Example continued: unstratified

Unstratified raw data
MACE=yes MACE=no Total
Saxa=yes 350 3650 4000
Saxa=no 500 6500 7000
Total 850 10150 11000

\[\begin{align*} &P(\text{MACE} \mid \text{Saxa}=\text{yes}) = 350/4000 = 0.088\\ &P(\text{MACE} \mid \text{Saxa}=\text{no}) = 500/7000 = 0.071 \end{align*}\]

Example continued: subpopulation without prior OAD use

Prior OAD use = no
MACE=yes MACE=no Total
Saxa=yes 50 950 1000
Saxa=no 200 3800 4000
Total 250 4750 5000

\[\begin{align*} &P(\text{MACE} \mid \text{Saxa}=\text{yes}) = 50/1000 = 0.05\\ &P(\text{MACE} \mid \text{Saxa}=\text{no}) = 200/4000 = 0.05 \end{align*}\]

Example continued: subpopulation with prior OAD use

Prior OAD use = yes
MACE=yes MACE=no Total
Saxa=yes 300 2700 3000
Saxa=no 300 2700 3000
Total 600 5400 6000

\[\begin{align*} &P(\text{MACE} \mid \text{Saxa}=\text{yes}) = 300/3000 = 0.10\\ &P(\text{MACE} \mid \text{Saxa}=\text{no}) = 300/3000 = 0.10 \end{align*}\]

Example continued: mean potential outcome for Saxa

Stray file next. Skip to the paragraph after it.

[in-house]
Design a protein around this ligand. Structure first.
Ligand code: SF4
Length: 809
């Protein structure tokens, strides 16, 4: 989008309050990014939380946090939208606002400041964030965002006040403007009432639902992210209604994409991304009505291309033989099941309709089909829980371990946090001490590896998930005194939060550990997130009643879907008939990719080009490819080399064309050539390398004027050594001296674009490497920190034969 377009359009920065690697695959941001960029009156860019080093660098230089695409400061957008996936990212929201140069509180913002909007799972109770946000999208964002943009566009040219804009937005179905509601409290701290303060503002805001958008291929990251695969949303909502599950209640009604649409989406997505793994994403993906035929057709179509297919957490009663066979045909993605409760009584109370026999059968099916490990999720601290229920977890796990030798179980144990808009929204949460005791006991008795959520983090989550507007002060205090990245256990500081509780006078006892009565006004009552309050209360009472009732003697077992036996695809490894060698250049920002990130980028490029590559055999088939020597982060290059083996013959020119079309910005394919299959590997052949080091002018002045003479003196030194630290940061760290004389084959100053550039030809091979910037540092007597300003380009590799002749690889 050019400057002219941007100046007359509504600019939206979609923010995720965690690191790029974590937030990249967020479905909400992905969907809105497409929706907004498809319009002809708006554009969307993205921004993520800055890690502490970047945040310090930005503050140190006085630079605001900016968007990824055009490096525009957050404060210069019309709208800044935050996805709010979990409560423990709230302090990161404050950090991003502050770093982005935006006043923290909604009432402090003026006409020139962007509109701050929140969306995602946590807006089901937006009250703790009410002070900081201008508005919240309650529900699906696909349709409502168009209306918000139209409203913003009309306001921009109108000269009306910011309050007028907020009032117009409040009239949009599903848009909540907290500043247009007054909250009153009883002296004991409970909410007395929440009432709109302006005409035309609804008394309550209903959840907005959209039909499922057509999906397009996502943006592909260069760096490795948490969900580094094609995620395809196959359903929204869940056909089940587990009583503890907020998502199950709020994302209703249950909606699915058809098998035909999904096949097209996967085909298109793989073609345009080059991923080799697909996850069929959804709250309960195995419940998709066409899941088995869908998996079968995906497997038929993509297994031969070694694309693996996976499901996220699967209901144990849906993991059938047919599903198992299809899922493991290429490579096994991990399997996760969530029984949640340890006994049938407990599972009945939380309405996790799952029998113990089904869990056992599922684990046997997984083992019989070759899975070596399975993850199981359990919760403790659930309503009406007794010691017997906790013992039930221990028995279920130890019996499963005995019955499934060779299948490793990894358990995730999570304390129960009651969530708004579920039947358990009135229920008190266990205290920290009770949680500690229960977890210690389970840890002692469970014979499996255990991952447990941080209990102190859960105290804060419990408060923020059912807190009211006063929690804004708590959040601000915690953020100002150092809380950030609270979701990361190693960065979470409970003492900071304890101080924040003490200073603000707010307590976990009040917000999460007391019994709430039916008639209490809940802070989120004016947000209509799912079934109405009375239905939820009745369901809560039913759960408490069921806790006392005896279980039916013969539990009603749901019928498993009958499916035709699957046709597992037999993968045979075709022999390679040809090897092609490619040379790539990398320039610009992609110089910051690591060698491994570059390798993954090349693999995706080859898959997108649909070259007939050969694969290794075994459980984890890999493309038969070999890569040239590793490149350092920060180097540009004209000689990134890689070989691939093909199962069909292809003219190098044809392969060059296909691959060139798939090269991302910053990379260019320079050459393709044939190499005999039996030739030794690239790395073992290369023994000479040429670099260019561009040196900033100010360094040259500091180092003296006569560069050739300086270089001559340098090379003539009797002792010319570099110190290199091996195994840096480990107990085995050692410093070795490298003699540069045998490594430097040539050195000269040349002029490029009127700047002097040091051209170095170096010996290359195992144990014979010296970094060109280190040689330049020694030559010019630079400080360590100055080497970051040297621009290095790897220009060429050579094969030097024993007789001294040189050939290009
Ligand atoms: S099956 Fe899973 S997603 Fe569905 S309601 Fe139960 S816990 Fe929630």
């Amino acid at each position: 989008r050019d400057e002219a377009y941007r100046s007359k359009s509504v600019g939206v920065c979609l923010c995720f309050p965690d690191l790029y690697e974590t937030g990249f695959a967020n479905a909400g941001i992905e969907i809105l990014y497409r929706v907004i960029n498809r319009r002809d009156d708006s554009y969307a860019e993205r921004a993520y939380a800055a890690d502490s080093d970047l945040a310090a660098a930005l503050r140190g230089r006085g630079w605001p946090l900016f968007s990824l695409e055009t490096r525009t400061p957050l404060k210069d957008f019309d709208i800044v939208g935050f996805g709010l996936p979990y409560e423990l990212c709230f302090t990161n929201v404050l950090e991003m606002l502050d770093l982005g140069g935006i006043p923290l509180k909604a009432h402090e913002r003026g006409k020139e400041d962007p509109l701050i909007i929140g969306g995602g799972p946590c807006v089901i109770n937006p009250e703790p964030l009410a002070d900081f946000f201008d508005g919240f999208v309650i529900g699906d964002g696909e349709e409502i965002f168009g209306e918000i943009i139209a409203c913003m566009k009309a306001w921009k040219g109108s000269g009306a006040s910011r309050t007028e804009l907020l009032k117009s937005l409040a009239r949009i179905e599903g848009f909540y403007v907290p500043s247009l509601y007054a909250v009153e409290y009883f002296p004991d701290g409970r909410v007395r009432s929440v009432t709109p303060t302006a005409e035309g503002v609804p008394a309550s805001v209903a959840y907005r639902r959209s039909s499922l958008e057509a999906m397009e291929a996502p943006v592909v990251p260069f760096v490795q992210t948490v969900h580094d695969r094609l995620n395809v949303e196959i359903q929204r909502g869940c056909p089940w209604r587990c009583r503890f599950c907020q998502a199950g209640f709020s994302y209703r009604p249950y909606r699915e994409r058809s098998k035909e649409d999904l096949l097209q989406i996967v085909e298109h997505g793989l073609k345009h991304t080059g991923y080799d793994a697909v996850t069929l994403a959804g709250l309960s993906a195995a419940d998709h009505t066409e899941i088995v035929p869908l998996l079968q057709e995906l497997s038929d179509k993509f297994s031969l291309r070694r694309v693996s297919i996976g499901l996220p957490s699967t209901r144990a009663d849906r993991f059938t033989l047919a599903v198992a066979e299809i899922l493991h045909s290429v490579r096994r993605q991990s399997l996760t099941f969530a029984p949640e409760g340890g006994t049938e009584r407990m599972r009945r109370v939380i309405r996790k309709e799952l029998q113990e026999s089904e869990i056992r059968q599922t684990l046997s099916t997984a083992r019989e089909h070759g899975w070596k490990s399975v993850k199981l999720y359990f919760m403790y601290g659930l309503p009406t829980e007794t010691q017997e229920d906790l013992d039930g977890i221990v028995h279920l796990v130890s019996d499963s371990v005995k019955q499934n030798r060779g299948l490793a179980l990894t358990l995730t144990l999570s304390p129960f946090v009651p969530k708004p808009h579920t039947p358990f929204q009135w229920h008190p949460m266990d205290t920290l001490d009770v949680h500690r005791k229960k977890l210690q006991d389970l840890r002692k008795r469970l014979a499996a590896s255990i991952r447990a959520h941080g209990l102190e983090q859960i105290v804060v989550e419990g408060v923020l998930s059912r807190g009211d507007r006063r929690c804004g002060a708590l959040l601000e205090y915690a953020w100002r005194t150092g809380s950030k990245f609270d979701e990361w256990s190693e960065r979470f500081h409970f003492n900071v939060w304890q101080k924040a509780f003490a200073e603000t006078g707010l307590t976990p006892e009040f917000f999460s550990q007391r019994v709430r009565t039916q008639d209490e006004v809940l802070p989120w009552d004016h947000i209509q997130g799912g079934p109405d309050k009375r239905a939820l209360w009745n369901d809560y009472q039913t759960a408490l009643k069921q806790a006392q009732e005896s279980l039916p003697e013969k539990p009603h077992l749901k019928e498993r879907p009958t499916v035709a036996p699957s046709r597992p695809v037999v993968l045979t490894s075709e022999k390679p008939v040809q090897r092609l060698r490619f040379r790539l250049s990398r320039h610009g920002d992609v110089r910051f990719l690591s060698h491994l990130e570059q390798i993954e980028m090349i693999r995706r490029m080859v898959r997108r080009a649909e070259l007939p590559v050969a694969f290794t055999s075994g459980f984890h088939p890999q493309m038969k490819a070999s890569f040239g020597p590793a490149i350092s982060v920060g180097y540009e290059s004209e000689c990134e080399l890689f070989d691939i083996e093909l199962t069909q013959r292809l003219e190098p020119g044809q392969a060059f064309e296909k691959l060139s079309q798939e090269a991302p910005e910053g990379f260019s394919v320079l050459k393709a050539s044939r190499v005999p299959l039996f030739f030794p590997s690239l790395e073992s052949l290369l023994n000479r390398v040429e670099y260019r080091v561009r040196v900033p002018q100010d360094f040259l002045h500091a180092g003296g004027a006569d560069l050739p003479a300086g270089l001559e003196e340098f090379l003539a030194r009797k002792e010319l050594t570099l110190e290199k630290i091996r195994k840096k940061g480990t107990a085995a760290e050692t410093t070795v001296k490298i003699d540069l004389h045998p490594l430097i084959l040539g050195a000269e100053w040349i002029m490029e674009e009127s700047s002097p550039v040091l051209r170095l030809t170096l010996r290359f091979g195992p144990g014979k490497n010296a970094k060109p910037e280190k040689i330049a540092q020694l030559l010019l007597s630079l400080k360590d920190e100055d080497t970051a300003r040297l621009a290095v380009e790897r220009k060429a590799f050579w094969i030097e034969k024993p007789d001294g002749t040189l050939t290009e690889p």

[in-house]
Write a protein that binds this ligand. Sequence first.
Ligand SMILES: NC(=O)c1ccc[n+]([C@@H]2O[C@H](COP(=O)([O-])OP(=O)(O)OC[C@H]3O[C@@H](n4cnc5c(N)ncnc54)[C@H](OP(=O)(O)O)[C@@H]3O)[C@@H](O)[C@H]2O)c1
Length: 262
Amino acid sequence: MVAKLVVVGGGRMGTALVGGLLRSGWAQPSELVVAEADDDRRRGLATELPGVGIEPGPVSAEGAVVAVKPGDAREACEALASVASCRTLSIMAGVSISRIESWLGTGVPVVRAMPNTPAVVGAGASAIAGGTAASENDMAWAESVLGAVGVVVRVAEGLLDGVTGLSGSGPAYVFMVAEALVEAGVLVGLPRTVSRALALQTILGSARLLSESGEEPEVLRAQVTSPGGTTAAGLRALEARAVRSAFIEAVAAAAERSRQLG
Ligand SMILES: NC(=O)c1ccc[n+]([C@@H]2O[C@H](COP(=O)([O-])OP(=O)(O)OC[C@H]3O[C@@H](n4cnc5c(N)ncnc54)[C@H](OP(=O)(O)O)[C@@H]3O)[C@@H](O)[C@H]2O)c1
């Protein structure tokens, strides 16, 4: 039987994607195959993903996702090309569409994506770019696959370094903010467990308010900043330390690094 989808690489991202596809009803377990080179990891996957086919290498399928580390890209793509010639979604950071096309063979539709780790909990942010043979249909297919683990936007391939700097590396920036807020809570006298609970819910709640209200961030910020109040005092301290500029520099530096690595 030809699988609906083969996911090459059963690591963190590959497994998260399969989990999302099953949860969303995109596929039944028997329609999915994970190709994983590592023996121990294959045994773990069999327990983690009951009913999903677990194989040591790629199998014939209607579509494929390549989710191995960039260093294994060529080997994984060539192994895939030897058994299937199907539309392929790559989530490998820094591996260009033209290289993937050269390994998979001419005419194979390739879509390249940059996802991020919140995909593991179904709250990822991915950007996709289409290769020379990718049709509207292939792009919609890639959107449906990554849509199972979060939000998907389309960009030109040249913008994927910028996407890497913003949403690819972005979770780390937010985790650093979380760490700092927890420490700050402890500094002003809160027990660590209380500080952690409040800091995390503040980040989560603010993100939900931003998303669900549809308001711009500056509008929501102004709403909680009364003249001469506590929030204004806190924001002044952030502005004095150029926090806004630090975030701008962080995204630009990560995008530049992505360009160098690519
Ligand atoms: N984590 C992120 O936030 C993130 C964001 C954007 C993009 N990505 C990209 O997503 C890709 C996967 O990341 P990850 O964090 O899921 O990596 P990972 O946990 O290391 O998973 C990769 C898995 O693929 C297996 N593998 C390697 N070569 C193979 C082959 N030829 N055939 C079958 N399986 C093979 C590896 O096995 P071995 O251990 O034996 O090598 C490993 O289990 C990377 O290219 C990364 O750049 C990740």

\[\begin{align*} & E(Y^{\text{saxa}})\\ = ~& E(Y\mid A=\text{saxa}, X = \text{prior OAD use yes}) P(\text{prior OAD use yes})\\ & + E(Y\mid A=\text{saxa}, X = \text{prior OAD use no}) P(\text{prior OAD use no})\\ = & (300/3000) (6000/11000) + (50/1000) (5000/11000) \\ = & 0.077 \end{align*}\]

  • Similarly, \(E(Y^{\text{sita}}) = 0.077\)

  • Hence, the treatment Saxa or not has no causal effects on the MACE outcome

Problems with standardization

  • There will be many \(X\) variables needed to achieve ignorability

  • Stratification would lead to many empy cells

  • Alternative to standardization: matching inverse probability of treatment weighting (IPTW), etc